Crime: Causes and (lack of) punishment in Somalia’s justice system

6 min read

Somalia suffers daily violent rapes, brutal murders, and attacks against the vulnerable. The spiral of violence is fertilized by the lack of proper functioning police and judicial system. The absence of crime prevention and fighting policies of the previous and current governments and the widely accepted social belief that brute force is a way to solve disagreements have exacerbated the problem. 

The government’s current thinking is to maintain public order through violence, a far-reaching specialization of tasks within the police, and a substantial expansion of the police strength proved insufficient to stop the police’s problems and reduce crime. 

Neglect and poverty are strongly linked with criminality. Therefore, poverty reduction should be a priority. However, stimulating economic growth alone will not necessarily lead to the desired effects on crime reduction. The gap between rich and poor is widening. Especially in Mogadishu and other urban areas, there is a concentration of poor and unemployed in most, if not all, neighbourhoods. Classical criminological theories connect these economic and social disparities with increased crime.  

For example, American Sociologist Robert K. Merton’s “Strain Theory 1938” is an example of a theory linking economic stress to crime. According to Merton, desirable goals are defined in every society and the legal rules to achieve those goals. People in adverse economic conditions experience a significant distance between socially induced expectations and the means to fulfil them. That distance increases the chances of committing crimes. This theory can, in certain situations, interpret these crimes correctly. Crime rates are indeed higher in deprived areas. Criminals who commit serious offences and repeat offenders mainly come from low-income families. The problem with this theory in Somalia’s situation is that most offenders, due to the anarchy in the country, are involved in crime at a young age, long before they are confronted with a lack of opportunity and unemployment. 

According to the “Social opportunity theory” of Cloward and Ohlin, delinquent behaviour is a form of resistance to the lack of opportunity rather than a means to achieve socially accepted goals. Therefore, there must be illegitimate opportunities, such as gang membership, to achieve those goals. Young people join a gang (for example, minority members joining Al-Shabaab) to find the social status they otherwise cannot reach. This theory, therefore, explains not only thefts but also other crimes. Nevertheless, why are there so many young people in poor areas who do not become delinquent? Also, many of these young people have few aspirations, and their social skills are often flawed.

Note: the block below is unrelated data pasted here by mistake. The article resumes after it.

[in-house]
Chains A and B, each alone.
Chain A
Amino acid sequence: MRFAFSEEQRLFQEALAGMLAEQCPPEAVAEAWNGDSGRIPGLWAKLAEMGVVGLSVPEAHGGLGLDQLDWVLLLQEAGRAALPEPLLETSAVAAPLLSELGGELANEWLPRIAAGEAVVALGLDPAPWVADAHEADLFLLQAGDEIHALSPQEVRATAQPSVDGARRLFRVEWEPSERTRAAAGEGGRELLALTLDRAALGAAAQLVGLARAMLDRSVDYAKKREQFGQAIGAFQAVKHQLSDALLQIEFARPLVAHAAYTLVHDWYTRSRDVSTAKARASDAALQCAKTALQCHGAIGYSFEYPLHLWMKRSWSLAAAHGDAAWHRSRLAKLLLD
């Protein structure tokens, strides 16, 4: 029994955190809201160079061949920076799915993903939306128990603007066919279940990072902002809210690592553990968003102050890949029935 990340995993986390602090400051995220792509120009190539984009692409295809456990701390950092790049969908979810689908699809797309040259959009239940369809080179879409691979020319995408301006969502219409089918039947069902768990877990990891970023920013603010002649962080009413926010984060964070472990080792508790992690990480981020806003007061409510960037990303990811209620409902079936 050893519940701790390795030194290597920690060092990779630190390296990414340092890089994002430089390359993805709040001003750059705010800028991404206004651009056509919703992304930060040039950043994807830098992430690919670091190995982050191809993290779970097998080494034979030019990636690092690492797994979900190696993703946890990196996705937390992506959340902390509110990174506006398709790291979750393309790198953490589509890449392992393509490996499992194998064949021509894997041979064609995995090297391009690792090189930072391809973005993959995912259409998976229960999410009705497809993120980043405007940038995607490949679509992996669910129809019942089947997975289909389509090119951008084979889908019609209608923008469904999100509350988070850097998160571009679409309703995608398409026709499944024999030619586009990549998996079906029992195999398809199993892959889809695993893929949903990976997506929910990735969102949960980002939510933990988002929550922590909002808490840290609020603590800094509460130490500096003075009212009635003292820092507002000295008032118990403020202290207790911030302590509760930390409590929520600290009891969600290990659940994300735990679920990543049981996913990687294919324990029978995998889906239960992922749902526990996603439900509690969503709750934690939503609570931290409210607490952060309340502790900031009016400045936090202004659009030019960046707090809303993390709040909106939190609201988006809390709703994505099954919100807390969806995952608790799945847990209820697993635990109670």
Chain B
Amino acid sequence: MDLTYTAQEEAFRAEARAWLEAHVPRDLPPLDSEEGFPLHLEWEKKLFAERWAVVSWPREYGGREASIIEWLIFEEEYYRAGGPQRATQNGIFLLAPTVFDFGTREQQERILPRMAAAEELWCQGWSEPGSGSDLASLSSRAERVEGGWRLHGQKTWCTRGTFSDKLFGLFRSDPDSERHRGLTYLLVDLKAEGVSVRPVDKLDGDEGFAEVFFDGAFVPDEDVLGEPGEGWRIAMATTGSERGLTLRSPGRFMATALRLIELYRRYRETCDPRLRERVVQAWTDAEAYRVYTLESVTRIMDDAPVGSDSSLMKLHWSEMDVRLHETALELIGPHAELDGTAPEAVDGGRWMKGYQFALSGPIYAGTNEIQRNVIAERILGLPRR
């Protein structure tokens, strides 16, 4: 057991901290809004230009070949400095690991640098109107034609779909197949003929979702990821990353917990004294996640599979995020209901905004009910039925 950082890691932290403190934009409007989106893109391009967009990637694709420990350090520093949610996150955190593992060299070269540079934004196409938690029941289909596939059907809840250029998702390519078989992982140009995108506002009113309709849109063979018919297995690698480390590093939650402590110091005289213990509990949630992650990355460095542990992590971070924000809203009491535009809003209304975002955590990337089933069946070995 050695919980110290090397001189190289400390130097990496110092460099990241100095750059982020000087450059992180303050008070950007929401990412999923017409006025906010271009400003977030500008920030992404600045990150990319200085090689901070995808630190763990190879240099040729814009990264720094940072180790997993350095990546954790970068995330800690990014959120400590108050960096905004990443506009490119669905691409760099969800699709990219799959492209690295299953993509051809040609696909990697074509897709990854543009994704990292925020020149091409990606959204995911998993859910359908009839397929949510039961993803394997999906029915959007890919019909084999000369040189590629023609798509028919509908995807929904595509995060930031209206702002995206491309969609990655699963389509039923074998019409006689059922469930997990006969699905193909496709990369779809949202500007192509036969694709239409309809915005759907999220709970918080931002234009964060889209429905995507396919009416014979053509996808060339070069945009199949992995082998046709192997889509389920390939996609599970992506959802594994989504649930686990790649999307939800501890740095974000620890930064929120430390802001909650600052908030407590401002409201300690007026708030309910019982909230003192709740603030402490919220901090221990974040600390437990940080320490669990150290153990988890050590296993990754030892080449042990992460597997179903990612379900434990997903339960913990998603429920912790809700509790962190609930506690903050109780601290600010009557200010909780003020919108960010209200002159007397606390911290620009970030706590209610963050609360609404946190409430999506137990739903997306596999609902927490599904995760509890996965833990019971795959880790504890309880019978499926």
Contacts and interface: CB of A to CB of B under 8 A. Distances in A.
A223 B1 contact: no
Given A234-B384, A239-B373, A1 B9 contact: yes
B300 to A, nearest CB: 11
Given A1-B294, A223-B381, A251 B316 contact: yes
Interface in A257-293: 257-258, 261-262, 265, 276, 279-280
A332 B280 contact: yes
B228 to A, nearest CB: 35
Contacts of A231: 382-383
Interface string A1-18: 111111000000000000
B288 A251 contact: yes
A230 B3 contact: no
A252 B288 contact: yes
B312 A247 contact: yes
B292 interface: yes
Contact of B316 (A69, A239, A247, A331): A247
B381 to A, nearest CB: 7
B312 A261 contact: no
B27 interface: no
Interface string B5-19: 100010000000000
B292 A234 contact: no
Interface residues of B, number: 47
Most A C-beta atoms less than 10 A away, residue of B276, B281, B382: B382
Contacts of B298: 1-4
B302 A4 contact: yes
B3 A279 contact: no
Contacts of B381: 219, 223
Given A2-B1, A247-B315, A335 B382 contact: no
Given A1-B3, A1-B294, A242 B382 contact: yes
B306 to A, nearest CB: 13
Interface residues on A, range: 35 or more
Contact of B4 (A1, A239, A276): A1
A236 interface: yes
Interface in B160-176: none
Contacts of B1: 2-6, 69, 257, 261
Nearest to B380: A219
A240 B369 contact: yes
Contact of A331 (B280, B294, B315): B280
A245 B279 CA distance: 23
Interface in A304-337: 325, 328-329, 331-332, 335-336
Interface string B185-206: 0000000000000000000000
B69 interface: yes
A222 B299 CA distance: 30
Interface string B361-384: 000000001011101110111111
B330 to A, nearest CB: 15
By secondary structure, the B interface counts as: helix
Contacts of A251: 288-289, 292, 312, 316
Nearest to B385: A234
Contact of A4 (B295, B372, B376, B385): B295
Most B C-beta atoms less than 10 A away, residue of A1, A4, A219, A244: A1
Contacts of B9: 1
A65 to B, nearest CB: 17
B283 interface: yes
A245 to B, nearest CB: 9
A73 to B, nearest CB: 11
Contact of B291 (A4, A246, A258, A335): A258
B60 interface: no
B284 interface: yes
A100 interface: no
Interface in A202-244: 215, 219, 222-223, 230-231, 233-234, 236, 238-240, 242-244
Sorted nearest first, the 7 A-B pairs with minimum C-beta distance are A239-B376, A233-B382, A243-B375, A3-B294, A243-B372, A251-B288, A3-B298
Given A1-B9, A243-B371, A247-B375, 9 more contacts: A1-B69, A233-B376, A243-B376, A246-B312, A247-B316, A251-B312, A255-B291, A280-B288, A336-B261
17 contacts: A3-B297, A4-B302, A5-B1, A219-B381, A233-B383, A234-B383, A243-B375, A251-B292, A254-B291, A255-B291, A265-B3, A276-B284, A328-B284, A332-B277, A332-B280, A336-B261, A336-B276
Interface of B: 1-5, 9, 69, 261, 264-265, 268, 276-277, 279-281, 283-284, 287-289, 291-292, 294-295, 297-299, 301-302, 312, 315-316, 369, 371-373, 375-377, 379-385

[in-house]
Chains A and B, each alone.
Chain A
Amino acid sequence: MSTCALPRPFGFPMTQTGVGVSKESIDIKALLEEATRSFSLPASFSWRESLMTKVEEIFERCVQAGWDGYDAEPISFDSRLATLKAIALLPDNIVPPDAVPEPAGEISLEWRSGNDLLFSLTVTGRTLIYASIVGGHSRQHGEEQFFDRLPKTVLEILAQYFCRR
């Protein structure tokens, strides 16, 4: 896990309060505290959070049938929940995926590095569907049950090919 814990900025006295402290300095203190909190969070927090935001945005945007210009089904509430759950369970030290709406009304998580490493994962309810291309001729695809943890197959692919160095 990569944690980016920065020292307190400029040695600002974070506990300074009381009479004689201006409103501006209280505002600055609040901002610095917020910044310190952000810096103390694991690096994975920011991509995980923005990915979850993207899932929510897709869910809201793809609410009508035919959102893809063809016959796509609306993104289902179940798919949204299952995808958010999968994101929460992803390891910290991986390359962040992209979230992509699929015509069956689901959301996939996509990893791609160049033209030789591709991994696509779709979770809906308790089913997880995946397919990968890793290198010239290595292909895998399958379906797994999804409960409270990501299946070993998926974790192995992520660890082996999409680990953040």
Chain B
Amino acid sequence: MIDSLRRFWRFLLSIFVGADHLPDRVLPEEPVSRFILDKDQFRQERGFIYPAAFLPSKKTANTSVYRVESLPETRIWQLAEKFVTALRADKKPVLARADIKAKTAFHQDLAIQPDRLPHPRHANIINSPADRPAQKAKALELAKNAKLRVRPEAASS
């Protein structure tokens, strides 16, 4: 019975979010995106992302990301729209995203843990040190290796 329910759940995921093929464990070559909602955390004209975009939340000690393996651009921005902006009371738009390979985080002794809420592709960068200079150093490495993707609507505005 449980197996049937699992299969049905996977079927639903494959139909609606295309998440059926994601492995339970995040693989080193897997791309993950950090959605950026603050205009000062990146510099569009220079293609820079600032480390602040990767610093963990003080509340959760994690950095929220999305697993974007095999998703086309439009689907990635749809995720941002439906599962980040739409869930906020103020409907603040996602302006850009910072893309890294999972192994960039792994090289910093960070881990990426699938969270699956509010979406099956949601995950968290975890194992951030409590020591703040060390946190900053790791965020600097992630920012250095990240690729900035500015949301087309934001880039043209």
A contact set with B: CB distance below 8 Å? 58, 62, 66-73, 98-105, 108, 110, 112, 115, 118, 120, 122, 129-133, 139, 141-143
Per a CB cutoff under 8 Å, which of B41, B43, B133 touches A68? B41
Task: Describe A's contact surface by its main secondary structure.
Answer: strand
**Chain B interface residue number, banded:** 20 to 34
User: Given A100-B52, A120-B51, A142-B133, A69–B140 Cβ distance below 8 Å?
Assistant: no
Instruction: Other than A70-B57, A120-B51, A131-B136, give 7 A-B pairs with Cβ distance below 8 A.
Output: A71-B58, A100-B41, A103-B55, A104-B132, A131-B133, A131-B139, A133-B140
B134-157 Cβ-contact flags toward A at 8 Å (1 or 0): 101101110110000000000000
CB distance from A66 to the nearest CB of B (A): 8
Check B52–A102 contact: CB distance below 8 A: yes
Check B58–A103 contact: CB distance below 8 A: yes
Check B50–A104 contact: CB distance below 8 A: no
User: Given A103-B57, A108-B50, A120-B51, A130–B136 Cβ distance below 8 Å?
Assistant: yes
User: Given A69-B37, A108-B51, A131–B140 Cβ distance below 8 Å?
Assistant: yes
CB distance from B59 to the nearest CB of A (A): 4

According to Hirschi’s social control theory, criminal behaviour results from a lack of bonding between the young person and the persons or institutions that encourage or supervise modified behaviour. Hirschi rejected the proposition that economic stress increases the risk of crime among juveniles. Hirschi, however, has based his research on self-report research and this type of research mainly concerns minor forms of delinquent behaviour. While serious crimes such as murder and car theft are strongly linked to economic stress. 

At the root of every rule is a value: a principle that people find essential to pursue. 

The question of why people commit a crime is without an unequivocal answer. Statements can be classified according to the causal focus of criminal behaviour. Some theories are based on the perpetrator himself. These include approaches that seek to explain delinquent behaviour in innate characteristics of the offender, such as psychopathic and antisocial personality traits. Features such as low IQ, impaired executive functions, predisposition to hyperactivity and impulsivity, and limited opportunities for empathy can lead to criminality. Other theories focus on the interactions between the person and their immediate environment. The approaches that focus on the parenting style and affective climate in the family and the consequences for the child’s further development and socialization process are classified. Those explanations highlight the importance of interactions with (deviant) peers. Finally, some theories focus on the situational circumstances of criminal behaviour.